Aso-ebi is a Yoruba word (Aso means Cloth and Ebi means family). This word is used to refer to the outfits made from matching fabric and pattern worn by family members (though it now applies to anyone who can afford one or would like to wear one) at a wedding ceremony or social event to denote unity, support, and represent sides of the family. Aso-ebi fabrics are typically of Ankara or Lace material (for the outfit) with occasional head ties (‘gele‘) . Contrary to popular belief, the aso-ebi phenomena is not strictly a Nigerian thing but applies to many tribes and countries in Africa with the subtle difference in the name. Given this definition, it’s no surprise that people attach so much importance to the associated aso-ebi piece of fabric. Perhaps, it’s because of the preferential treatment people who wear aso-ebi get at a social event.
Source : allaboutnaijaweddings.com
The main purpose of the Aso-ebi is a mean of identifying a group of people ( age mates, bride’s family, groom’s family, friends etc). This has contributed to the explosion of the wedding industry in recent years. Wedding ceremonies themselves have evolved into something that is a far cry from what parents had some 20 years ago. Aso ebi has then become a city phenomenon that has diffused to other West African cultures.
« Ayodele Olukoju, a Nigerian economic historian believes Aso ebi became a novelty in 1920 during a period of post World War I economic boom triggered by the higher prices for produce products such as Oil palm. However, William Bascom traced the origin to an earlier period when members of Yoruba age grades wear uniform dressing to mark fraternal bonds. In the 1950s, members of women organizations or egbes turn out to ceremonies and anniversaries of relatives in the same style of dress, sandals, lappa, smock, necklace, the culture signifies close friendship. The uniform dressing can also be a measure of personal affluence because Aso ebi involves rivalry between various egbes or groups with each group competing to out shine each other in terms of quality, originality and richness of the uniform. »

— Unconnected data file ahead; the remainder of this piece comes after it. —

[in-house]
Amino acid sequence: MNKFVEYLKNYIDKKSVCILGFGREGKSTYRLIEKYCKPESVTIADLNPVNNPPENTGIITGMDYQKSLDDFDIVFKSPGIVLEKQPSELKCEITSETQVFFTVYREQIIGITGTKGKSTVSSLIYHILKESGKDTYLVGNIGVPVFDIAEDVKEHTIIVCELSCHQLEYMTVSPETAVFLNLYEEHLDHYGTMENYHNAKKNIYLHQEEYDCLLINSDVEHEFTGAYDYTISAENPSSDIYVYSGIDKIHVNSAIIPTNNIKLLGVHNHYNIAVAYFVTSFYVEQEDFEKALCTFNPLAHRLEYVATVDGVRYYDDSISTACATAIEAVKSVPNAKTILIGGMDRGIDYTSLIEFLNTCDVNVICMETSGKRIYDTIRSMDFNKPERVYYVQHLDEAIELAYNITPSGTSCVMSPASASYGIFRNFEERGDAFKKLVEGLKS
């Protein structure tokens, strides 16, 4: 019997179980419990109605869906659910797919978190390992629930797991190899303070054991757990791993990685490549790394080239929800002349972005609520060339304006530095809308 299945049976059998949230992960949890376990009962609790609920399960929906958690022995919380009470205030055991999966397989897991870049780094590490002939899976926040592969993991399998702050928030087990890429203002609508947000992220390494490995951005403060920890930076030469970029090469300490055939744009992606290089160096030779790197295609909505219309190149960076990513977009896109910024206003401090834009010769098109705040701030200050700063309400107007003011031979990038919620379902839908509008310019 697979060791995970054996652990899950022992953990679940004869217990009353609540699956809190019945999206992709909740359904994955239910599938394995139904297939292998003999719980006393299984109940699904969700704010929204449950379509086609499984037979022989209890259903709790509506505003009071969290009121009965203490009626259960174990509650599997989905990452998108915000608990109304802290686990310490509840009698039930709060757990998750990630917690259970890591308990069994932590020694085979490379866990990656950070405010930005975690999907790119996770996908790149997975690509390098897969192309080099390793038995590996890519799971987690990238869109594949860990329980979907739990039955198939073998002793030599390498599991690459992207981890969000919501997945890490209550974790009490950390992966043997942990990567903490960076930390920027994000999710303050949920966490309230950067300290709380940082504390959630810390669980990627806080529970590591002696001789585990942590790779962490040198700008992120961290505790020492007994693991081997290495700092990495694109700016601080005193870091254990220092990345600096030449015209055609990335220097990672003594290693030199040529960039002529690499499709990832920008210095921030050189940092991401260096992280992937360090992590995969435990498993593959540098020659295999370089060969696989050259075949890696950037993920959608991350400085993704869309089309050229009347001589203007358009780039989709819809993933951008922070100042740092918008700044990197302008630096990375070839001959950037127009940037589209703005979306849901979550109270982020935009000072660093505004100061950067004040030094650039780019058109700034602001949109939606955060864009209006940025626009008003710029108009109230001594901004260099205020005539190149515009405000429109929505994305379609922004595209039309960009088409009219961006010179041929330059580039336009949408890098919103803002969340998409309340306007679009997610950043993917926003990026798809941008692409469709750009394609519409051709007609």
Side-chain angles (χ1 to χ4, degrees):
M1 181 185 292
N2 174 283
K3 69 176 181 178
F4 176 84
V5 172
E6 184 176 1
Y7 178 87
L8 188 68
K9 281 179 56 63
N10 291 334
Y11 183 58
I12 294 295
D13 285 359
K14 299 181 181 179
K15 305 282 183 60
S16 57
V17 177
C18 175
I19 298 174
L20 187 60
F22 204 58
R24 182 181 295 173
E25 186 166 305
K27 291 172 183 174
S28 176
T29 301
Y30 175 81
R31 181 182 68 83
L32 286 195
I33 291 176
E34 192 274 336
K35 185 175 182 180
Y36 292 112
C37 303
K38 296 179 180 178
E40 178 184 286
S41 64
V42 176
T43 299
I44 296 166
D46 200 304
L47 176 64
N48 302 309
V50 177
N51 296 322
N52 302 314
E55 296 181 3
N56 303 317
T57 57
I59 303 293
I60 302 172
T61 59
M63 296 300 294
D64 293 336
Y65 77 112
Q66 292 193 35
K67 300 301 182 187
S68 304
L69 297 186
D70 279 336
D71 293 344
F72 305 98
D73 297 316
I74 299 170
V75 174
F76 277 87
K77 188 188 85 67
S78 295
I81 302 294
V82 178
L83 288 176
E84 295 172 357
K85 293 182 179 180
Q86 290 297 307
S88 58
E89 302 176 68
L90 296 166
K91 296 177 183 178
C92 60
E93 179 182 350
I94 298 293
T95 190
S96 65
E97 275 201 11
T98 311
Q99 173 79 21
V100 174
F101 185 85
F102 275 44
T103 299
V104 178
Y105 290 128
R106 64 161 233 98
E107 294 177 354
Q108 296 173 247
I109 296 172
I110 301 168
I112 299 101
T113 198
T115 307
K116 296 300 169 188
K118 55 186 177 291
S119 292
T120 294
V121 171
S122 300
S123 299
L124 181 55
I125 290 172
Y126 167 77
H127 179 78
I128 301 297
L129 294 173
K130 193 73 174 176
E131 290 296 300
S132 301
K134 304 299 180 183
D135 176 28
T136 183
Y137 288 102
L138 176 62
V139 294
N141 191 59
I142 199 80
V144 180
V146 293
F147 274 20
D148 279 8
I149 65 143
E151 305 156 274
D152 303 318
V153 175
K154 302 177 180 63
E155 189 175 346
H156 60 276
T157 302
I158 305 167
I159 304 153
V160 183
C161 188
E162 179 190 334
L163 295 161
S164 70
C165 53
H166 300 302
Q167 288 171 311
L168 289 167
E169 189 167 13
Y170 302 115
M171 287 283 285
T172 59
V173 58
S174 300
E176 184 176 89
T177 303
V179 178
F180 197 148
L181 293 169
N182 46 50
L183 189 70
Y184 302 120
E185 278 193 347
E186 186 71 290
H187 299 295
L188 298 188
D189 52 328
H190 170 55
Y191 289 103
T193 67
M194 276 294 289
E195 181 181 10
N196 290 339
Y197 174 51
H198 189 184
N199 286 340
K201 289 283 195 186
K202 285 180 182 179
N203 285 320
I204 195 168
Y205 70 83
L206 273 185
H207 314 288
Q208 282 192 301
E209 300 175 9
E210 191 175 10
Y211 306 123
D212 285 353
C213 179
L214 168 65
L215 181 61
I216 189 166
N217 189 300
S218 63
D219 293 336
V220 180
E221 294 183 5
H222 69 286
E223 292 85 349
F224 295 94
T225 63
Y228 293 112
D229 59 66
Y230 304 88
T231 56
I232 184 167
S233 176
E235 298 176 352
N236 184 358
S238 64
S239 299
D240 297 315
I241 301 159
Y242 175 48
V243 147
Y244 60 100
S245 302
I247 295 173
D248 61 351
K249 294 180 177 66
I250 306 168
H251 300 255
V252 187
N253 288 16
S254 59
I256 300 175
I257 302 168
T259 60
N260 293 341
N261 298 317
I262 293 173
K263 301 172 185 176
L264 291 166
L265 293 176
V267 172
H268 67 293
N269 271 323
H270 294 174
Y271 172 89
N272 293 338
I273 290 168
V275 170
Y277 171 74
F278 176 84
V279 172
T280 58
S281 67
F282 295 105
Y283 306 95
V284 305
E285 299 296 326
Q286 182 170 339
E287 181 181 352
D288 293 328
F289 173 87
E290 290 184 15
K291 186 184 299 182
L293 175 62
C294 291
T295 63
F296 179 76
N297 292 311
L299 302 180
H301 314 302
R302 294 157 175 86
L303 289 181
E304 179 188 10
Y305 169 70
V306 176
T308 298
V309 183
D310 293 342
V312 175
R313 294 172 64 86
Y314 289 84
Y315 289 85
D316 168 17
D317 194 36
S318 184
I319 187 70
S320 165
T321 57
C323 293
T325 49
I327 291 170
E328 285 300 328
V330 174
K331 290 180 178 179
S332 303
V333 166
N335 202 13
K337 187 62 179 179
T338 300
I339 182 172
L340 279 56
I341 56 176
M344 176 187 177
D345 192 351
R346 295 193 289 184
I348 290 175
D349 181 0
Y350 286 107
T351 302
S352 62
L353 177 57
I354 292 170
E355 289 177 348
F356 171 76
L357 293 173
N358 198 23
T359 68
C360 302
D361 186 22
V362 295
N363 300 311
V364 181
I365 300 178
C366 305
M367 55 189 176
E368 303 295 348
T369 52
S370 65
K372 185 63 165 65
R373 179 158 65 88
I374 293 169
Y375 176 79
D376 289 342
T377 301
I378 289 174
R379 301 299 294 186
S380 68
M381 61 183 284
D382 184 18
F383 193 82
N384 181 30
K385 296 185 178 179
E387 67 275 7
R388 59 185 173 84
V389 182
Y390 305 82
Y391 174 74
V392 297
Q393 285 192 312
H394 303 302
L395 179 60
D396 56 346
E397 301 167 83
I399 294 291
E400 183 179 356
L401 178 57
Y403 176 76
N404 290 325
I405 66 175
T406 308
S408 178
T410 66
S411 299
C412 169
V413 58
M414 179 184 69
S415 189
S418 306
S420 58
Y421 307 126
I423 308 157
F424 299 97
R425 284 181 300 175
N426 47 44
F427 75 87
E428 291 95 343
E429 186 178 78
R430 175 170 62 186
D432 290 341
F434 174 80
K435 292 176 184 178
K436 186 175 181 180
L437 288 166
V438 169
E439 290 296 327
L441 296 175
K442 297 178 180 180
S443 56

To read more about this :
- Olukoju, A.. (1992). Maritime Trade in Lagos in the Aftermath of the First World War. African Economic History, (20), 119–135.
- Nwafor, O. (2011). The spectacle of aso ebi in Lagos, 1990–2008. Postcolonial Studies, 14(1), 45-62
- Little, Kenneth. (1974). African Women in Towns: An Aspect of Africa’s Social Revolution. Cambridge University Press. P. 142
What do some think?
Some are really annoyed with the cost of « aso-ebi ». Brides and family members sometimes purposely increase the price of the fabric to a ridiculous amount hoping to cover the wedding cost. For example, we heard that some people can go as far as tripling the price of a low quality Ankara fabric in order to make a profit that would cover reception expenses.
Others force « aso-ebi » into their friends or relatives’ hands or refuse to mingle with people not wearing the same cloth as them at events.It is also said to be creating differences of treatments among guests…
What do we think?
I personally find it really cool! Well, if the fabric is nice ! 🙂
I see it as a way to bond and have fun with my friends, while wearing matching cool outfits! I mean how dope is it to come to a party with a dress code and to see different styles and different types of crazy all from the same cloth!
As long as people still mingle, I find it great to be able to identify who are the bride’s parents or friends for example! I would not mind buying someone’s aso-ebi if the price is reasonable and as long as the dress code is not associated with any rites or customs that I disagree with!
We ❤ how it is part of many cultures in Africa to just match outfits (and not necessarily for big events, funerals or weddings!!!)
I say : Let the fun begin!
Article : IwannAfree